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NO PARK LEFT BEHIND
WICE maintains a list of all national parks and nature reserves of the developing countries of the world. It calculated the field staff need of the developing countries at: 140,000 park wardens and rangers. In addition, they need about 14,000 administrative and support staff and 14,000 professional staff. WICE estimates that less than half of the protected areas of the world has any staff at all. The national parks and nature reserves that do have field staff are short by 50% of the needed field staff. So it estimates that the total ranger deficit is 105,000, while other the staff categories are short 21,000. There is no doubt that national parks and nature reserves in developed countries also have ranger deficits and we would like to mention the severe shortages in all Mediterranean countries, that have the highest biodiversity in Europe. Ranger financing for those countries is certainly possible through our programme. But as a whole, the needs of the wealthy countries are relatively small compared to those in the countries of the study.
The numbers are based on individual calculations of each protected area registered in the database of the World Conservation Monitoring Center (WCMC) of the United Nation Environment Programme (UNEP) in Cambridge. The field staff needs have been calculated with a specialized programme for protected areas planning, MICOSYS, and is based on a certain relationships between the sizes of areas and staffing needs, certain risk factors, etc. If you like to know the details on about MICOSYS, please click here.
Adopt A Ranger does not pretend it can finance the worldwide park warden and . It has the philosophy that in the long run every country of the world must finance its own game wardens and park rangers and it shall work towards this principle wherever and in any way it can. First of all, almost all countries in the world do have a certain number of park wardens and rangers in the field already. Adopt A Ranger will search ways to contribute to financing the staffing deficit, in part by financing park (and game) wardens and rangers and in part by assessing the staffing needs and advising the government on realistic staffing strategies.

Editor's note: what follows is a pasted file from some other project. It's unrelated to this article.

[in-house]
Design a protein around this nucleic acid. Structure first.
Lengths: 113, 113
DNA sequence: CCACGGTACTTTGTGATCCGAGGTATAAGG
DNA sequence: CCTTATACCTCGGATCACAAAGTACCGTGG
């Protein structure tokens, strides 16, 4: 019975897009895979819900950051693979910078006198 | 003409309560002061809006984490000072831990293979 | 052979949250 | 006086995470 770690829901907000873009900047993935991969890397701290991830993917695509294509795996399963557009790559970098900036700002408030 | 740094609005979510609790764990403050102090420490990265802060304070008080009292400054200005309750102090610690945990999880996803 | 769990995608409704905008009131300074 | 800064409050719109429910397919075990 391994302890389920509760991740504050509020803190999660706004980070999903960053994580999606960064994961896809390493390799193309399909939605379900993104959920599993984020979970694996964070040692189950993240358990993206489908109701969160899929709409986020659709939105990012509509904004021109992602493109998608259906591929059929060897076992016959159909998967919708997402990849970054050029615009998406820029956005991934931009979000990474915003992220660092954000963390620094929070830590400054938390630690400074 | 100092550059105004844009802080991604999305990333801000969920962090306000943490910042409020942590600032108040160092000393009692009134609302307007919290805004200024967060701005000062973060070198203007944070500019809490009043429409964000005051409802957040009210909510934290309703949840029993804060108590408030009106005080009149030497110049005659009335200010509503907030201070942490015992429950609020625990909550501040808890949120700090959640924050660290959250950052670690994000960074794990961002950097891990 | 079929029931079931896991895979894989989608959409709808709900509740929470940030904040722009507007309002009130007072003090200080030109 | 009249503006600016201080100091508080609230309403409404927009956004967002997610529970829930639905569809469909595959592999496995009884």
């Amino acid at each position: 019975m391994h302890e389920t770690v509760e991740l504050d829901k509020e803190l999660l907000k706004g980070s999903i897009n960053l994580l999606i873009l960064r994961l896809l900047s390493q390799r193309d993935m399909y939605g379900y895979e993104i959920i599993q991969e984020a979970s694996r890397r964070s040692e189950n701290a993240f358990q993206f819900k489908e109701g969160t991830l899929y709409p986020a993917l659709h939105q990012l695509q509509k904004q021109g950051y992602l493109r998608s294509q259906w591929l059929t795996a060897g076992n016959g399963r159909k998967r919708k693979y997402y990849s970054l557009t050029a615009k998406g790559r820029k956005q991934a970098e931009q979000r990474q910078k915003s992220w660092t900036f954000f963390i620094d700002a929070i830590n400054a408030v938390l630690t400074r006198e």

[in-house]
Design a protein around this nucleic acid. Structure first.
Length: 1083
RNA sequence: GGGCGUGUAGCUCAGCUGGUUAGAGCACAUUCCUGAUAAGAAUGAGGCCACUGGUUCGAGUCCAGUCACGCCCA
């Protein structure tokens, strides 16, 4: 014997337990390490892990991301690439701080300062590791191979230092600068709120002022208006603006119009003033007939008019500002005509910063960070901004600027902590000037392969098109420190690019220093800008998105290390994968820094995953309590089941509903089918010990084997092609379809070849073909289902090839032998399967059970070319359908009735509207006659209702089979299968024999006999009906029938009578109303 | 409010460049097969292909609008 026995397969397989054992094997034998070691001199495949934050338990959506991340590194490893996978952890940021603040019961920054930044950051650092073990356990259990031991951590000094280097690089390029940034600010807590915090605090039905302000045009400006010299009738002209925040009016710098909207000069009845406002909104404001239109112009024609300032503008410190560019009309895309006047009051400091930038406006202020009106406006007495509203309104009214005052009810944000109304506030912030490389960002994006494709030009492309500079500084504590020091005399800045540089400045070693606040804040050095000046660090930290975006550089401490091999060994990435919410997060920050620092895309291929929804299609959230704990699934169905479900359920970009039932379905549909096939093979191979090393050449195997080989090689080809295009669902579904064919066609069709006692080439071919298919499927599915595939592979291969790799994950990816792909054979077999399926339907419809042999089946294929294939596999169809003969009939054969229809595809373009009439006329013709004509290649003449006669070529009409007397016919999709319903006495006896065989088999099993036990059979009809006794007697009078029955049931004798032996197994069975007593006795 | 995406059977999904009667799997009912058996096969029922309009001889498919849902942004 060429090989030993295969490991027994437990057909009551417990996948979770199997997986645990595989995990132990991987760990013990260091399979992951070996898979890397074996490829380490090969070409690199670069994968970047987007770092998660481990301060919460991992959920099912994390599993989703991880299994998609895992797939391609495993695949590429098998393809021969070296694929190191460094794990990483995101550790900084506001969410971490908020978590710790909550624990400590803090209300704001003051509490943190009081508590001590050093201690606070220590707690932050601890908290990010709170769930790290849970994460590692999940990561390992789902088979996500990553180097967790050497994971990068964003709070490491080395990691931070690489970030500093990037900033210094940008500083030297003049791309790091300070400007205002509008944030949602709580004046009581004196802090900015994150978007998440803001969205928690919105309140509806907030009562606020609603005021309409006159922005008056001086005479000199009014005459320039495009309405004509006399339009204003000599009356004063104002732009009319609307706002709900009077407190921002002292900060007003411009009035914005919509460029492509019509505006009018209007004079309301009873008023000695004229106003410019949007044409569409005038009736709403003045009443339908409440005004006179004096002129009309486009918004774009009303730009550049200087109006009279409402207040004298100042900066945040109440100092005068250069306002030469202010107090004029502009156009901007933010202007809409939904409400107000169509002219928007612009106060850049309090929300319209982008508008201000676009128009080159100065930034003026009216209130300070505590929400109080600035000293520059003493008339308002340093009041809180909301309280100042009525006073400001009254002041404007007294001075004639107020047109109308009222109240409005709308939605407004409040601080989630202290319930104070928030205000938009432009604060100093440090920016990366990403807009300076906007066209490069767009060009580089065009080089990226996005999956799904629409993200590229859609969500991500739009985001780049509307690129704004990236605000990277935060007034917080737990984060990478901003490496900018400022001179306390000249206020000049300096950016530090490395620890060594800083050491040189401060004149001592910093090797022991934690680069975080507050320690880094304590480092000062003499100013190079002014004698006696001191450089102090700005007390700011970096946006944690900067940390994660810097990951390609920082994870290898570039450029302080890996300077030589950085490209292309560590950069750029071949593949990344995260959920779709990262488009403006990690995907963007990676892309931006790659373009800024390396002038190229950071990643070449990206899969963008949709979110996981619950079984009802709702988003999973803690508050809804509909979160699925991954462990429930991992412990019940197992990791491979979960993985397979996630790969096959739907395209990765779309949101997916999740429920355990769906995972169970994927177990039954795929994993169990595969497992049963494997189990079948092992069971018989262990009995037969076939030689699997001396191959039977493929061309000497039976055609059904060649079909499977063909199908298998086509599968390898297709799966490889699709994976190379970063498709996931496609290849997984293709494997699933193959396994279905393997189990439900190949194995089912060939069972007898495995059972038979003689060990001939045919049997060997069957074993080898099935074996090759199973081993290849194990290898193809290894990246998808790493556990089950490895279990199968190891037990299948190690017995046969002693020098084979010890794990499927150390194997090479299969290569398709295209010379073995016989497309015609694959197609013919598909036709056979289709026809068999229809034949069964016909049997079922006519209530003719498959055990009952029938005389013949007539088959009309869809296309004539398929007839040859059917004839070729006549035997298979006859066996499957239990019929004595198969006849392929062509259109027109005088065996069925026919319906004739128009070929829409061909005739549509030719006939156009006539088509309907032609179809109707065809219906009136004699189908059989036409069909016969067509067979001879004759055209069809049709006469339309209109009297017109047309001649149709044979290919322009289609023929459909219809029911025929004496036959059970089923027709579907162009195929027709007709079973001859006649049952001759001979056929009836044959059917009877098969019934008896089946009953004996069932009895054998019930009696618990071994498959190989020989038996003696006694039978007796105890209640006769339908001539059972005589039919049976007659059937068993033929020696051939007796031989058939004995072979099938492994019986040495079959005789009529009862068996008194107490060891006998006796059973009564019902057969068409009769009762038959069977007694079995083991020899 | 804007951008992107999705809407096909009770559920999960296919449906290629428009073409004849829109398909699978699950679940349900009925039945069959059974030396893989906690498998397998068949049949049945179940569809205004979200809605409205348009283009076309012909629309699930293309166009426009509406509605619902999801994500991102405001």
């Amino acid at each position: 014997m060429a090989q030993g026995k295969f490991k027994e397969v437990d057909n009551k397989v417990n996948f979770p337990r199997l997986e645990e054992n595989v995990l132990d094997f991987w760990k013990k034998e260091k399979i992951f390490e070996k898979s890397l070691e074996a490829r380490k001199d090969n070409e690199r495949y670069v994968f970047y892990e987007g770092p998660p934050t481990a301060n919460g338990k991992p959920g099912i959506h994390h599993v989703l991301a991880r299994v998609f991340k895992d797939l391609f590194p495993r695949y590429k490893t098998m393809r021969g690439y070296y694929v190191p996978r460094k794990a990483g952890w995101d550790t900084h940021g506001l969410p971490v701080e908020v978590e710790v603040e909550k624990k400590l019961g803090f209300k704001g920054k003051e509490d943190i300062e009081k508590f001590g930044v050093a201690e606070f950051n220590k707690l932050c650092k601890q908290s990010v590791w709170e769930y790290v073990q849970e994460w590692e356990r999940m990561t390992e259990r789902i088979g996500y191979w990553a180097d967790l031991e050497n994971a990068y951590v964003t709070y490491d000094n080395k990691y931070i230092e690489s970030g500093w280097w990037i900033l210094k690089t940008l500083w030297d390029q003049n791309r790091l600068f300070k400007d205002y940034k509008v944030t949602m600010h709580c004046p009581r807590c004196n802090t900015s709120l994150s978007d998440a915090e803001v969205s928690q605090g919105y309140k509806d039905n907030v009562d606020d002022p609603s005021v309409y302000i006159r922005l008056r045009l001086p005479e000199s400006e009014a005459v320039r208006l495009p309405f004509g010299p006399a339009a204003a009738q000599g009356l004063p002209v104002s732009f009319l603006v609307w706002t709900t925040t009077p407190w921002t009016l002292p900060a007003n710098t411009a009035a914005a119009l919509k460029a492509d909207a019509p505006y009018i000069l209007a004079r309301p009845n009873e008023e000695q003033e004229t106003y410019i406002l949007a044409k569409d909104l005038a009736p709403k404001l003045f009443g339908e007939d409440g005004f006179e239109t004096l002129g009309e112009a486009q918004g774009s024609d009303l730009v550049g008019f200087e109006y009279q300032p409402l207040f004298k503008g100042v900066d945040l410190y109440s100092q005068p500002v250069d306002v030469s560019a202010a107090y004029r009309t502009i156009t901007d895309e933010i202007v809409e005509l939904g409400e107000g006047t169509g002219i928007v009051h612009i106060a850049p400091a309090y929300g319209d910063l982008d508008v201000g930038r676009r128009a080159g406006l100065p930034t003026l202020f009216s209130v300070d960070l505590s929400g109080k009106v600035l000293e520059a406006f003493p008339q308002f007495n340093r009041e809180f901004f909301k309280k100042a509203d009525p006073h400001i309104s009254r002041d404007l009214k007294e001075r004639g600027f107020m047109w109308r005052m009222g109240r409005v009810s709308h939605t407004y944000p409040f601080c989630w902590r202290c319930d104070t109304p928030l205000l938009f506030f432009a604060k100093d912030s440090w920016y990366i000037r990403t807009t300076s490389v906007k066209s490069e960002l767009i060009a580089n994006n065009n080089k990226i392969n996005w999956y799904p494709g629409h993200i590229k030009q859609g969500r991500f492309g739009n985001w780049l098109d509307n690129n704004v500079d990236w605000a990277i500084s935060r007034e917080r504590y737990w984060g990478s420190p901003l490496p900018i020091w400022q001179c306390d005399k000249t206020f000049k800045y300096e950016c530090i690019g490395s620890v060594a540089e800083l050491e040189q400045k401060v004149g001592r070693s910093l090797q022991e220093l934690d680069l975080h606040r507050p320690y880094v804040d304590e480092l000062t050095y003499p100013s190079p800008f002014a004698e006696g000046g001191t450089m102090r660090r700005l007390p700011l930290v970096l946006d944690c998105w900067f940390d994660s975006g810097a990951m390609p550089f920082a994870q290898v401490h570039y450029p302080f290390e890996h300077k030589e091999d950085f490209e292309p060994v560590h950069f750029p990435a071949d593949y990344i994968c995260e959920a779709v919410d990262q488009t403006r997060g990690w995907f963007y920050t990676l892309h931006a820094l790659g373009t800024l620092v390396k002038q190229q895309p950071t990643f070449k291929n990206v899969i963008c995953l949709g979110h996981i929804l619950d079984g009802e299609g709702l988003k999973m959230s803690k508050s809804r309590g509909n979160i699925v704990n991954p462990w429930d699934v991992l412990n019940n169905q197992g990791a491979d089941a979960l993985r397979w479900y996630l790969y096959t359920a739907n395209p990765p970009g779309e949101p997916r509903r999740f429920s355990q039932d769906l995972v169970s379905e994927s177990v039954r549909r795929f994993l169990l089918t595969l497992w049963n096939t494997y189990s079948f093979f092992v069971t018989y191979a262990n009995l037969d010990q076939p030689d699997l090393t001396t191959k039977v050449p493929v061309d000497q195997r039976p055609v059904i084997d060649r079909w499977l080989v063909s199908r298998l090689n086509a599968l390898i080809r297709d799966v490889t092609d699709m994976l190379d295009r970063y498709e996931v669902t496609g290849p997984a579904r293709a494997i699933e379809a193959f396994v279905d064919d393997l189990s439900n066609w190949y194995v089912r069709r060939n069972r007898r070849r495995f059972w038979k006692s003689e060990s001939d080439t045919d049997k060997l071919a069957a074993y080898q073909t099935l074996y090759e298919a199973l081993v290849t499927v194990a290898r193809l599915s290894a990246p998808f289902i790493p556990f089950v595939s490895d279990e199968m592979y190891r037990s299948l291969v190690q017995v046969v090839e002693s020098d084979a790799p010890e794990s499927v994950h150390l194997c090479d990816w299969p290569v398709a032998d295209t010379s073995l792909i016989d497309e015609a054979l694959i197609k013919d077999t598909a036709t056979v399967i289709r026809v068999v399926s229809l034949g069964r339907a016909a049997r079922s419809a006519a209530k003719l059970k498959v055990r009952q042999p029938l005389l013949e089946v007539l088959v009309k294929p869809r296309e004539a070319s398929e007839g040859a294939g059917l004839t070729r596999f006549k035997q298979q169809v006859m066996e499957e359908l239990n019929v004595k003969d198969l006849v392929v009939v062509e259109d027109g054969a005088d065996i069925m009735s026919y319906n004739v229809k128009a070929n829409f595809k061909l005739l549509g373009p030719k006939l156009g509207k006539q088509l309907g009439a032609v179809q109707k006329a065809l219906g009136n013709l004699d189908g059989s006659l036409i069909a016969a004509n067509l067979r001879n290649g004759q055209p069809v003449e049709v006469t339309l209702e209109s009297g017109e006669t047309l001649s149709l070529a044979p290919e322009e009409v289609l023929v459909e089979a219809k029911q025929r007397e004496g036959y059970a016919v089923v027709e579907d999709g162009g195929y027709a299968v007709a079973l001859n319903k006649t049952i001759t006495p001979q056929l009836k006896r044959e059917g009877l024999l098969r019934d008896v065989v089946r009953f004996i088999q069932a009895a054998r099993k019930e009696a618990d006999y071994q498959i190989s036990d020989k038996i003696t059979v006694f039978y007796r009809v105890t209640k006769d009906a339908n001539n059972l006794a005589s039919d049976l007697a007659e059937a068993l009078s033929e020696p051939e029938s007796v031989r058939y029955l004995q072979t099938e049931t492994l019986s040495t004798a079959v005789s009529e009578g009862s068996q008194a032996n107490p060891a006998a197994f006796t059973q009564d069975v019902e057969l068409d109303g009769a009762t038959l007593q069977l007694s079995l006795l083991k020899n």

As a part of this approach, WICE has designed its worldwide protected areas staffing monitoring system, in which it uses the MICOSYS programme to compare needed staff to the available staff, as well as budgetary conditions. It will gradually acquire the information on available field staff and compare progress in this field and report on progress or set-backs.
This will give the world an impression on where we currently are with staffing and financing needs and where the priorities may lie.
In every country where it works, Adopt A Ranger will work with the Protected Areas Agency and the Ministry of Finance to see how much staff is needed and to make a plan on gradually having the gap filled by the government itself. In the poorest countries, this may take as long as 30 - 40 years, while in the wealthier developing countries this may be solved in the next 5 - 20 years.
By working strategically and with verifiable criteria for assessing staffing needs, Adopt A Ranger hopes to eradicate protected areas without park wardens and rangers over the next 20 years, so that NO PARK SHALL BE LEFT BEHIND!
By working with governmental financing organizations of the wealthy countries, the protected area agencies of the developing countries, and the many individual contributors like yourself, Adopt A Ranger will work toward having park (and game) wardens and rangers in all protected areas of the developing and transition countries within the next 20 years. Moreover, it will work towards having sufficient staff for the basic management needs of protected areas paid by governments and/or park revenues in the following fashion:
Your contributions will help achieve this goal!